There’s a major disconnect between life in the Capitol and life in District 12. The Capitol’s residents are rich and (seemingly) happy, while residents of other districts are poor and miserable. The Capitol governs all the districts, but it’s not a democratic rule. The Capitol institutes and enforces laws that are meant to quiet dissenters and keep the status quo – a rich and happy Capitol.
In the quote below, Katniss discusses how people aren’t allowed to say negative things about life in their district or about the Capitol. There’s no concept of free speech in Panem. It’s clear that speaking negatively about the country in any fashion is likely to result in serious punishment.
“When I was younger, I scared my mother to death, the things I would blurt out about District 12, about the people who rule our country, Panem, from the far-off city called the Capitol. Eventually I understood this would only lead us to more trouble. So I learned to hold my tongue and to turn my features into an indifferent mask so that no one could ever read my thoughts.” (Chapter 1, Paragraph 11)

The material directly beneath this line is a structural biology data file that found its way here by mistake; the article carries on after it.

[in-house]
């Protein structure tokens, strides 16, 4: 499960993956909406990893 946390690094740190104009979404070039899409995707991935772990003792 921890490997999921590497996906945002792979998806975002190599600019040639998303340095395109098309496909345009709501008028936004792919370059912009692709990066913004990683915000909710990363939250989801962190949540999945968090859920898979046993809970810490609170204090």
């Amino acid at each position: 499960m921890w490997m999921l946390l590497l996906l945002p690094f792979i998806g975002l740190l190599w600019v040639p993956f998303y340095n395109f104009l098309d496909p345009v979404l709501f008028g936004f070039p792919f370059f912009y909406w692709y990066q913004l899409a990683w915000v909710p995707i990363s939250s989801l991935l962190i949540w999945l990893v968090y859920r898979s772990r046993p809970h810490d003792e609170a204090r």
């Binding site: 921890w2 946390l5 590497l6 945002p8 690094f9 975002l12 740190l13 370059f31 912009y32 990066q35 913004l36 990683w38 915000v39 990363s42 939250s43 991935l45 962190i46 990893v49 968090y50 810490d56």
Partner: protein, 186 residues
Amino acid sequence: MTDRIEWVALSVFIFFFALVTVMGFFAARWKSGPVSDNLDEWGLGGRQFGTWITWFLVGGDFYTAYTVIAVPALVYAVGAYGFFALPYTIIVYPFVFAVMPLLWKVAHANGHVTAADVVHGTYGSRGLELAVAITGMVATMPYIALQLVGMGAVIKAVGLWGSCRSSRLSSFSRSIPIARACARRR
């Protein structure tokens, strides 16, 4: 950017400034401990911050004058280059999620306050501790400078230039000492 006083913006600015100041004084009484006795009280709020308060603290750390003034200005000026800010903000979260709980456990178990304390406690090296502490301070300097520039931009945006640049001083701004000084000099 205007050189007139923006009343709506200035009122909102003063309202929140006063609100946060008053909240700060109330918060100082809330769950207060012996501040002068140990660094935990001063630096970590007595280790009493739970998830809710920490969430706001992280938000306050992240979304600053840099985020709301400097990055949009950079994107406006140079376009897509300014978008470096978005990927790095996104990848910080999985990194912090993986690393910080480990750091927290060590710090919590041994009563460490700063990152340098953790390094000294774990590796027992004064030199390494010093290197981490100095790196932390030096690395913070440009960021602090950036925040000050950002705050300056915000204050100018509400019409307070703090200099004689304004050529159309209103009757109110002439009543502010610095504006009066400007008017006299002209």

The dystopian theme is furthered when we learn the reason the Hunger Games were created. They were created as a reminder of the Capitol’s power and what it will do if anyone tries to disrupt the status quo. Any attempt at overthrowing the government will be met with a harsh, lasting punishment.
“The rules of the Hunger Games are simple. In punishment for the uprising, each of the twelve districts must provide one girl and one boy, called tributes to participate. The twenty-four tributes will be imprisoned in a vast outdoor arena that could hold anything from a burning desert to a frozen wasteland. Over a period of several weeks, the competitors must fight to the death. The last tribute standing wins.” (Chapter 1, Paragraph 75)